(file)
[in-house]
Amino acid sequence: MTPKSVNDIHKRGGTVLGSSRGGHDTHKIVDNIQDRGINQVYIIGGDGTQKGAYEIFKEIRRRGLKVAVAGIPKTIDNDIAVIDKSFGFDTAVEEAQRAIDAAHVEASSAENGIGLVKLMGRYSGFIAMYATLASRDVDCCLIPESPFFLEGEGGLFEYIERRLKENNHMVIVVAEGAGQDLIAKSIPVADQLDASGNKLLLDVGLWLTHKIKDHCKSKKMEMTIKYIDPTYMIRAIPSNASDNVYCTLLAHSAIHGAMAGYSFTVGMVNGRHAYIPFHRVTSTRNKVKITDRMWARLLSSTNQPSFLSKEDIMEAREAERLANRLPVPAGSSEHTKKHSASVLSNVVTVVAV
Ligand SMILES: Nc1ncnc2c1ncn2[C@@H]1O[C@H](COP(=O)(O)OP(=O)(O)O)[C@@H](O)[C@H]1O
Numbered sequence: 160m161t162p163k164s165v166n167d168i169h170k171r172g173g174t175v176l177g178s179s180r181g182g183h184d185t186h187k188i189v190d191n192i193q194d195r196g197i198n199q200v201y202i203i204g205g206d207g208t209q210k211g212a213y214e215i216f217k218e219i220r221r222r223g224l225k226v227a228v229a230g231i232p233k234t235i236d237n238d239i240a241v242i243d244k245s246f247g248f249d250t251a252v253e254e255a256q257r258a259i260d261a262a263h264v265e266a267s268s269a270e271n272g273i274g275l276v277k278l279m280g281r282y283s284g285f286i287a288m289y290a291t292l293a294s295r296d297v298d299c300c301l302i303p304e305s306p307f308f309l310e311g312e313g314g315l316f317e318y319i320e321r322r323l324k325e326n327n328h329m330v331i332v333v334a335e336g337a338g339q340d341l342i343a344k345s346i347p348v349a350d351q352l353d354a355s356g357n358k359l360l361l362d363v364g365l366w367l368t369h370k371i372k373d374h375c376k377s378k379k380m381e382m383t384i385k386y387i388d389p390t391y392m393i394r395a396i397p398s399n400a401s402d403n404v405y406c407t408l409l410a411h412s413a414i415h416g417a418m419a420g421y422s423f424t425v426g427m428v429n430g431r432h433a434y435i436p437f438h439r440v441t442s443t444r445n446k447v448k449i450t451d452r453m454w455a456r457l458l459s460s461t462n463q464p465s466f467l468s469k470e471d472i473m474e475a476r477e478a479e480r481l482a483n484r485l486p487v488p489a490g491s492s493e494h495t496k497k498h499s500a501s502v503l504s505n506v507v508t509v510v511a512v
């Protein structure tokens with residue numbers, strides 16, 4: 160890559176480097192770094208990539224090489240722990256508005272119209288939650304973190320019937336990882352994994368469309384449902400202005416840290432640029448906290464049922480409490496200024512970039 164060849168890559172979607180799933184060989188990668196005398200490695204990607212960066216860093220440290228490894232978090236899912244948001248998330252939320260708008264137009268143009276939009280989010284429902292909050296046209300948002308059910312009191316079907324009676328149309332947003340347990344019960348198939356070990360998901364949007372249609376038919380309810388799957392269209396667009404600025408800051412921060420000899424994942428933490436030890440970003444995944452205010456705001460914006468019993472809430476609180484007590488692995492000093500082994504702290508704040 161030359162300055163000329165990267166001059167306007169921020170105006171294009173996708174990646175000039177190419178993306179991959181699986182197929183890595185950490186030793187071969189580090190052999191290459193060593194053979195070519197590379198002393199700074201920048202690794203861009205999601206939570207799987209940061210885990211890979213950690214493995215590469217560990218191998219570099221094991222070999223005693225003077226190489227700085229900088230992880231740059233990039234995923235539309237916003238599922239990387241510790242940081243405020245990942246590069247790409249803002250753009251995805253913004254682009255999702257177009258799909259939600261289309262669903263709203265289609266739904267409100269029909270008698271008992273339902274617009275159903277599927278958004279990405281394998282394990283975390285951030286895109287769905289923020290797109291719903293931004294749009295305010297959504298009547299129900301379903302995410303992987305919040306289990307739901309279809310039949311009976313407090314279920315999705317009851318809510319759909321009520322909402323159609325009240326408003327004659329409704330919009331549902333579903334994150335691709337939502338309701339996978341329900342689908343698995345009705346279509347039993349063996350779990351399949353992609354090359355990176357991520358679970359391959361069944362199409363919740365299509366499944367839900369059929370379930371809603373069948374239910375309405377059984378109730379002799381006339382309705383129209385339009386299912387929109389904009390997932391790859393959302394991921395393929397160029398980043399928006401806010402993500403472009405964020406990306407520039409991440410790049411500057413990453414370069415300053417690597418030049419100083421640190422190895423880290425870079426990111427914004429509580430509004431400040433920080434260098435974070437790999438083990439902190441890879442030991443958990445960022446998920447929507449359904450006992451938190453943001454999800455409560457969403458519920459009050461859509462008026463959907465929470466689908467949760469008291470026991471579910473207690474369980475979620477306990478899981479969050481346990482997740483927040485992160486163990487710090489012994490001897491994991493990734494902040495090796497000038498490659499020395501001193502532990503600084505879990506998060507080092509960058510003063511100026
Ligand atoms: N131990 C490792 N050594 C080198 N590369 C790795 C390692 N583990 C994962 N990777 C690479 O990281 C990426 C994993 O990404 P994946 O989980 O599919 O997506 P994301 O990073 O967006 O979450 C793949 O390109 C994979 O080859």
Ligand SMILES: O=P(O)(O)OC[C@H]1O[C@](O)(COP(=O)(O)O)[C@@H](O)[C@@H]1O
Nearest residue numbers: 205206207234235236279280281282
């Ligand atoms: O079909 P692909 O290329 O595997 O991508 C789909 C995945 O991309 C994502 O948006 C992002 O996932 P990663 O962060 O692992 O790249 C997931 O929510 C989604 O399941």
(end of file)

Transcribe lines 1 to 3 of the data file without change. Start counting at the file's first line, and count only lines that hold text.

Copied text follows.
[in-house]
Amino acid sequence: MTPKSVNDIHKRGGTVLGSSRGGHDTHKIVDNIQDRGINQVYIIGGDGTQKGAYEIFKEIRRRGLKVAVAGIPKTIDNDIAVIDKSFGFDTAVEEAQRAIDAAHVEASSAENGIGLVKLMGRYSGFIAMYATLASRDVDCCLIPESPFFLEGEGGLFEYIERRLKENNHMVIVVAEGAGQDLIAKSIPVADQLDASGNKLLLDVGLWLTHKIKDHCKSKKMEMTIKYIDPTYMIRAIPSNASDNVYCTLLAHSAIHGAMAGYSFTVGMVNGRHAYIPFHRVTSTRNKVKITDRMWARLLSSTNQPSFLSKEDIMEAREAERLANRLPVPAGSSEHTKKHSASVLSNVVTVVAV
Ligand SMILES: Nc1ncnc2c1ncn2[C@@H]1O[C@H](COP(=O)(O)OP(=O)(O)O)[C@@H](O)[C@H]1O